Like many others, I was taken severely to task in secondary school for using fulsome to mean "copious or abundant" instead of "offensive to good taste", but apparently my teachers were wrong on the etymological facts. [Update: as is the all-too-predictable Language Log straight man William Safire, who upbraids Powell for straying from "the grammatical strait and narrow" on this point. This ain't grammar, Bill, it's lexicography; and you could look it up. Vide infra] So says the American Heritage Dictionary, and the OED agrees, giving the first sense as "Characterized by abundance, possessing or affording copious supply; abundant, plentiful, full", with citations back to 1250:

c1250 Gen. & Ex. 2153 Ðe .vii. fulsum ʒeres faren.
a1412 LYDG. Lyfe our Ladye (Caxton) Av, For alwey God gaf hyr to her presence So fulsom lyght of heuenly influence.

and continuing through more recent times (though with some self-consciousness):

1868 HELPS Realmah II. xi. 80 My complaint of the this -- that there is too much of everything..and so I could go on enumerating..all the things which are too full in this fulsome world. I use fulsome in the original sense.

Still, those who have been indocrinated by the common prescriptive view may briefly wonder whether Powell might have meant to suggest that his discussions were fulsome in OED sense 3b "Having a sickly or sickening taste; tending to cause nausea", or 3c "Cloying, satiating, wearisome from excess or repetition", or sense 5 "Offensive to the senses generally...", or sense 6 "Offensive to normal tastes or sensibilities; exciting aversion or repugnance; disgusting, repulsive, odious.", or sense 7 "Of language, style, behaviour, etc.: Offensive to good taste; esp. offending from excess or want of measure or from being ‘over-done’. Now chiefly used in reference to gross or excessive flattery, over-demonstrative affection, or the like". I won't even mention sense 6b, "Morally foul, filthy, obscene", because I'm confident that Secretary Powell meant only that his discussions with President Bush were "copious and abundant" (though see this article by Christopher Hitchens for some evidence of a "sense of dankness and exhaustion" that might suggest the other interpretations to some people).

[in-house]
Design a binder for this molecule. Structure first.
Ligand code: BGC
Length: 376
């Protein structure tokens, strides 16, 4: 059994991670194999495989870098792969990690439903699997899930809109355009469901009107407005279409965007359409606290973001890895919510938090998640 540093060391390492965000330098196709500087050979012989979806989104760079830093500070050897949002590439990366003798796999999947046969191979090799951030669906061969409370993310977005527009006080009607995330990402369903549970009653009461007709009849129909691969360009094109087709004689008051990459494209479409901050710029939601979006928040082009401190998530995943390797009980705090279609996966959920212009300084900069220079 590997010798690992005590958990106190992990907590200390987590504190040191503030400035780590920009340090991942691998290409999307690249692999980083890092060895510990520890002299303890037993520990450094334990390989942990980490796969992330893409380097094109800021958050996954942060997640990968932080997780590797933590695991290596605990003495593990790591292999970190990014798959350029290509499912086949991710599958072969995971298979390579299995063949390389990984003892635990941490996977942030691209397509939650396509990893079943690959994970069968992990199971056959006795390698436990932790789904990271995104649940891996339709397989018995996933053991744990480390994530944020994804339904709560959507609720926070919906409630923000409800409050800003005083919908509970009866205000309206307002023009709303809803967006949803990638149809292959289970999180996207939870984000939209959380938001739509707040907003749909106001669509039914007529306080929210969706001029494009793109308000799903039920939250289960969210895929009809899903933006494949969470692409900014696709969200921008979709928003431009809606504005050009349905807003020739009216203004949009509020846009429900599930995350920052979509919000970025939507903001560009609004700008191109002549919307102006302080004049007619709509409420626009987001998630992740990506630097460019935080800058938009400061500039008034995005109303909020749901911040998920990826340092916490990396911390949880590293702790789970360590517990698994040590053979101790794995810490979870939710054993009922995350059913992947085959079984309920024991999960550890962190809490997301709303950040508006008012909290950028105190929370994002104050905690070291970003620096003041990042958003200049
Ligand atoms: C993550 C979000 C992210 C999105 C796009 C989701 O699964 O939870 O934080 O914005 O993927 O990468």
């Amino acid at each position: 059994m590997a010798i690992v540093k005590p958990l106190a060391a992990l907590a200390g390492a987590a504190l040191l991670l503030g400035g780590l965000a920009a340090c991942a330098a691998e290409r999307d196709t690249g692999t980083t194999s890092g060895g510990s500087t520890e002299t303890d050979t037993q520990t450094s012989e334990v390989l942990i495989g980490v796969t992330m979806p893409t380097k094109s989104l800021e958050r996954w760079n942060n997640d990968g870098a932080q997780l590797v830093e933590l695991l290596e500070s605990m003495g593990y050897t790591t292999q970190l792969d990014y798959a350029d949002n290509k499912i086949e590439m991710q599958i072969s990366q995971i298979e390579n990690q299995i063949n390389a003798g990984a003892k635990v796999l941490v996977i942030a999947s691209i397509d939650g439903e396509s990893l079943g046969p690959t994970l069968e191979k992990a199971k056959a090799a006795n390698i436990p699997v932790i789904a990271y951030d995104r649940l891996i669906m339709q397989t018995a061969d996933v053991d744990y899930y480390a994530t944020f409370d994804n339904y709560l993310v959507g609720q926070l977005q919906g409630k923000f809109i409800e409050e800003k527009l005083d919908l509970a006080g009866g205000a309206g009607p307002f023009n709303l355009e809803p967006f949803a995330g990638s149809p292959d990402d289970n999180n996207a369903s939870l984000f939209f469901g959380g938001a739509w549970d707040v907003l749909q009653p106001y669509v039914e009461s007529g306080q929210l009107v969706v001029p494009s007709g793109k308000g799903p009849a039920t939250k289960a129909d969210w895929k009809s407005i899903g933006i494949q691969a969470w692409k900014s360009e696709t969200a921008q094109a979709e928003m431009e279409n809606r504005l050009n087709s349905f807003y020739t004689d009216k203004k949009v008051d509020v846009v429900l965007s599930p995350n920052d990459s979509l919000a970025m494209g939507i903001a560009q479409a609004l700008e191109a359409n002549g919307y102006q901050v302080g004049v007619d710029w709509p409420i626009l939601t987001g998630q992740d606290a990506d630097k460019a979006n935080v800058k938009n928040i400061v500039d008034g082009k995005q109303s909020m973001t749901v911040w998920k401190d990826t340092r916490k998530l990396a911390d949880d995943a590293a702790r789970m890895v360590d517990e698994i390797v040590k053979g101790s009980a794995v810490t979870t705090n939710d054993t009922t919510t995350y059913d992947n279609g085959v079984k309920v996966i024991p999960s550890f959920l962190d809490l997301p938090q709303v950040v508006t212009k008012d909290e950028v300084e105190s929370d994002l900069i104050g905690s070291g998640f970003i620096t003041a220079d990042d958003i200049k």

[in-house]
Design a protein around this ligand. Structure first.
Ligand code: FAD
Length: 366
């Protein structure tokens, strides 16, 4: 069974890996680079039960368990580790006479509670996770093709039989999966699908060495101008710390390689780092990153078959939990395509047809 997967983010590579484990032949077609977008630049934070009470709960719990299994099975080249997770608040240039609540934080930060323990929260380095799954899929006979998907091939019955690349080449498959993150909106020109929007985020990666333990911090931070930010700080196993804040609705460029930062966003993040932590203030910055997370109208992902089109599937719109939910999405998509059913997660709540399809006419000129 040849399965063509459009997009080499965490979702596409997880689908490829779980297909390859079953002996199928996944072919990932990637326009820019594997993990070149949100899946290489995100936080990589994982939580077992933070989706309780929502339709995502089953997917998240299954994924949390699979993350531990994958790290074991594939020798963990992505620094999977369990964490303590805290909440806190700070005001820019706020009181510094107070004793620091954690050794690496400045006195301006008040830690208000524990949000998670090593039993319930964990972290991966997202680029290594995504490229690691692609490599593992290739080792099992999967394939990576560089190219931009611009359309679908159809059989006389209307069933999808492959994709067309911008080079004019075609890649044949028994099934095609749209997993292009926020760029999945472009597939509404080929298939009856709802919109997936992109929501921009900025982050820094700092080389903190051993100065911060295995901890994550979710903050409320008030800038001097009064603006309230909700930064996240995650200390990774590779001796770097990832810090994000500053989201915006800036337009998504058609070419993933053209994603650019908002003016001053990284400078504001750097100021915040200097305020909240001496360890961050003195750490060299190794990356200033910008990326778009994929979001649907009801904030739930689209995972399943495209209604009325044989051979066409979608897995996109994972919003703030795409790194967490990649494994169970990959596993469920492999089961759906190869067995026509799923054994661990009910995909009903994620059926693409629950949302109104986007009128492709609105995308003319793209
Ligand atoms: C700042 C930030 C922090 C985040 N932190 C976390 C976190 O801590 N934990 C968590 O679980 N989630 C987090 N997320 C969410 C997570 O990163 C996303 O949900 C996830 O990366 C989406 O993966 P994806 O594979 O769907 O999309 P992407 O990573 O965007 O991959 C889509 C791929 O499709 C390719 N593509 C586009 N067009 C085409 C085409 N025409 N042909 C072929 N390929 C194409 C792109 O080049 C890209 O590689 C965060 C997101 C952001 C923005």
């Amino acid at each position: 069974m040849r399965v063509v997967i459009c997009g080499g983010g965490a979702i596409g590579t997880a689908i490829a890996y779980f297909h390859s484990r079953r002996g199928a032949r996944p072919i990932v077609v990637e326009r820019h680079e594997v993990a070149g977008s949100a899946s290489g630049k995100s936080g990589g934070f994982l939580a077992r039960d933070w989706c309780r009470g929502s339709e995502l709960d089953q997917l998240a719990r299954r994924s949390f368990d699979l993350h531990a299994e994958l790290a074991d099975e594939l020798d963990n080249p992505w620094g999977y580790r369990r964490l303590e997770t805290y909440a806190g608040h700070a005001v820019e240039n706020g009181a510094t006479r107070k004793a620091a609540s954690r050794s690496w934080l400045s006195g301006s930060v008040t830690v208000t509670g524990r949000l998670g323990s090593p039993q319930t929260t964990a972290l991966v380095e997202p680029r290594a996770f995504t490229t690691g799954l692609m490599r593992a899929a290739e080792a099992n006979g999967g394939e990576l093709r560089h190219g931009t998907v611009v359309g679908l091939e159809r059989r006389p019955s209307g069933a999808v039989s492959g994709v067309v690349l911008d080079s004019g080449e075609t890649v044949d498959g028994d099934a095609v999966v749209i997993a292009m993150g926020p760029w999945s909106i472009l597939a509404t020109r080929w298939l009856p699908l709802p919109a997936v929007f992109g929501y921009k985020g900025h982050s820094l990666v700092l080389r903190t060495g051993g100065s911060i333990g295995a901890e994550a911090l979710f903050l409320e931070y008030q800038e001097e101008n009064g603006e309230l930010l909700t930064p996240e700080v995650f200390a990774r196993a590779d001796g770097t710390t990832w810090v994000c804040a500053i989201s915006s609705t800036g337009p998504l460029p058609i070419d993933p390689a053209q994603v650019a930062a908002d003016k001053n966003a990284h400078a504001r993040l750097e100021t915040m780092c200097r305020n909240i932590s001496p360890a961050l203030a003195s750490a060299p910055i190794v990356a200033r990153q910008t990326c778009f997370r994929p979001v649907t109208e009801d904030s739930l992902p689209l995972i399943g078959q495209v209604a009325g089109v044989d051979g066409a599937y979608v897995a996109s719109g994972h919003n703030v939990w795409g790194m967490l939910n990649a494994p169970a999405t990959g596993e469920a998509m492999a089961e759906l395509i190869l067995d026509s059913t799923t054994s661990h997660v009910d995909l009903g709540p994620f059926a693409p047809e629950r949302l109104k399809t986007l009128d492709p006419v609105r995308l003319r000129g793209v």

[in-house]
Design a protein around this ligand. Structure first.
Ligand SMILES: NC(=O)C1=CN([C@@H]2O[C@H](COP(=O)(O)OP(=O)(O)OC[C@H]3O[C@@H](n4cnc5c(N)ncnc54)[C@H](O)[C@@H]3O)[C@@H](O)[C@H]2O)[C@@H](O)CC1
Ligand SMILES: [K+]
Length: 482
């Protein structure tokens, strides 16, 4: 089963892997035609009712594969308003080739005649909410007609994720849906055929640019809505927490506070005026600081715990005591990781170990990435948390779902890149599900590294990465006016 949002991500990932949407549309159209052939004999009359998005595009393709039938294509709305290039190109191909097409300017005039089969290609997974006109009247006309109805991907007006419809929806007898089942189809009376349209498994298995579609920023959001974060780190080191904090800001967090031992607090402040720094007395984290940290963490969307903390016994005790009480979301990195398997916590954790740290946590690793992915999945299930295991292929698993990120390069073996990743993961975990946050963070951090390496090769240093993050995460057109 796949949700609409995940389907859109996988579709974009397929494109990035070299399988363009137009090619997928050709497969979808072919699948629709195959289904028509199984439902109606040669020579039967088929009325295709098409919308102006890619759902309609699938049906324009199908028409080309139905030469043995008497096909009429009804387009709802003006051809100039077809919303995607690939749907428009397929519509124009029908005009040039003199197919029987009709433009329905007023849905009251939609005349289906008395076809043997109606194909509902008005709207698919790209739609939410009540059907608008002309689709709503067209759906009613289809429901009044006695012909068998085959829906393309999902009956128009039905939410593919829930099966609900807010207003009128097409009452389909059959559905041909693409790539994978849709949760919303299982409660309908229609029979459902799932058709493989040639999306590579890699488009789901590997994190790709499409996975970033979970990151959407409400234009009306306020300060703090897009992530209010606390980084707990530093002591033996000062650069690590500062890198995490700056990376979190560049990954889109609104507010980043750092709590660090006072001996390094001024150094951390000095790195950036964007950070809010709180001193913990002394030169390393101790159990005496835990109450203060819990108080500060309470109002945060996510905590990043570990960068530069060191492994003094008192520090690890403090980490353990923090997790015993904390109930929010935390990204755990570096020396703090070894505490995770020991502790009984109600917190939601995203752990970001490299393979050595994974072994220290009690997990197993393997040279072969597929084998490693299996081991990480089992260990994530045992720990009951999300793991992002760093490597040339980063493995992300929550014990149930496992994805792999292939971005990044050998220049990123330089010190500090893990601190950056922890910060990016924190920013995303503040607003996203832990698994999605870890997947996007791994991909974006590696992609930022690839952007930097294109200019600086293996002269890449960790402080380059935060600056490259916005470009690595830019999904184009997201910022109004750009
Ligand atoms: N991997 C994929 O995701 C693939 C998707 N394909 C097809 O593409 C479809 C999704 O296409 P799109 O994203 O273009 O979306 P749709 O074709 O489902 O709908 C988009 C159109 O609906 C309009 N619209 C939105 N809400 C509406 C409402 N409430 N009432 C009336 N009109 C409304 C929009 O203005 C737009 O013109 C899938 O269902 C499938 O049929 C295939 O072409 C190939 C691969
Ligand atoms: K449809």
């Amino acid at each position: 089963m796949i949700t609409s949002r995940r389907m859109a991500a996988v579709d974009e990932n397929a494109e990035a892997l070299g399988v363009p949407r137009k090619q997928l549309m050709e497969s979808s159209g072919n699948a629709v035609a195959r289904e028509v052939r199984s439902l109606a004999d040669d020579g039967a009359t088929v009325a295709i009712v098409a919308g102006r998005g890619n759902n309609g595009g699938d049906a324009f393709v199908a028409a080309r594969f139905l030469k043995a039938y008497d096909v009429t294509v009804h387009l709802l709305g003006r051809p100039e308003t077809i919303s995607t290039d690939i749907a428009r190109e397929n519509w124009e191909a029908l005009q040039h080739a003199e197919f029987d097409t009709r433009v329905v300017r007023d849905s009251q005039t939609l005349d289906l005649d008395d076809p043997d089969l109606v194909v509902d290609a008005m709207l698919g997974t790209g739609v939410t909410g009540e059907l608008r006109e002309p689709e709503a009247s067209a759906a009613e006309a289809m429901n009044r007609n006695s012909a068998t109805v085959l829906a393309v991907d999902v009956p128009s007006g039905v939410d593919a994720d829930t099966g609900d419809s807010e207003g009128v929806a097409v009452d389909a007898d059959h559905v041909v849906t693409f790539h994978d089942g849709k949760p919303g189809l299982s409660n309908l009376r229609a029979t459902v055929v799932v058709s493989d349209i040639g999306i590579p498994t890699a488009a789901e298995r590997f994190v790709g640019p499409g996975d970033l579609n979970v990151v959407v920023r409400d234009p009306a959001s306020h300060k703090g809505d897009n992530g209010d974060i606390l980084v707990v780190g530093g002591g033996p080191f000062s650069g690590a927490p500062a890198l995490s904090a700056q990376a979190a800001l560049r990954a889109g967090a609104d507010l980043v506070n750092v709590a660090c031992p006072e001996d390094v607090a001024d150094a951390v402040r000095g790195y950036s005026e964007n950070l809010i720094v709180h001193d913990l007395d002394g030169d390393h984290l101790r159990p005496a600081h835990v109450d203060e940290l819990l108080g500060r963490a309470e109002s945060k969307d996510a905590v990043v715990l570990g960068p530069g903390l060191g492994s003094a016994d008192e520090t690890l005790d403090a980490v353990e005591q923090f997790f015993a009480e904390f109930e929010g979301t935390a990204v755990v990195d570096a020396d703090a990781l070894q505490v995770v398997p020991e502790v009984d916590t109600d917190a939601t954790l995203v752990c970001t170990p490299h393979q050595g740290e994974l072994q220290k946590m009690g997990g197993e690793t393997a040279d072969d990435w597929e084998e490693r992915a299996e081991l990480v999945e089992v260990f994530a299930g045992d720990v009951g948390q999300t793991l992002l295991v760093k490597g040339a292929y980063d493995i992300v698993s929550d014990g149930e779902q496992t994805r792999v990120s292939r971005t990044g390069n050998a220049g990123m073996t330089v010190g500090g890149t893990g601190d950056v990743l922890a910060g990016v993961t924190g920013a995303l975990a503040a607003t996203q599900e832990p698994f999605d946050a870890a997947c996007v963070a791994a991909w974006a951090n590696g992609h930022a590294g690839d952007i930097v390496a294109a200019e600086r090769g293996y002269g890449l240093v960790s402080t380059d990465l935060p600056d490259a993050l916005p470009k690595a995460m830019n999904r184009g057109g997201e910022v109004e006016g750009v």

Both Rumsfeld and Powell chose words that will engender some amused speculation about alternative, subversive interpretations of their sentiments. These alternatives are eminently deniable. The intended primary meanings, though in both cases slightly non-standard, are so common that the alternatives don't even need to be denied explicitly. But another choice of words would have denied us our little joke -- and theirs?

[Rumsfeld quote tip from Nick Montfort.]

[Note: I originally misclassified one of the 10 "miss not" samples, as an alert reader (Skevos Mavros) pointed out to me. I don't have any real excuse -- I just blew it -- but the fact that this is so easy to do when you're in a rush helps to make the point that the "miss not VERBing" == "miss VERBing" equivalence has become really idiomatic.]


Posted by Mark Liberman at November 16, 2004 06:55 AM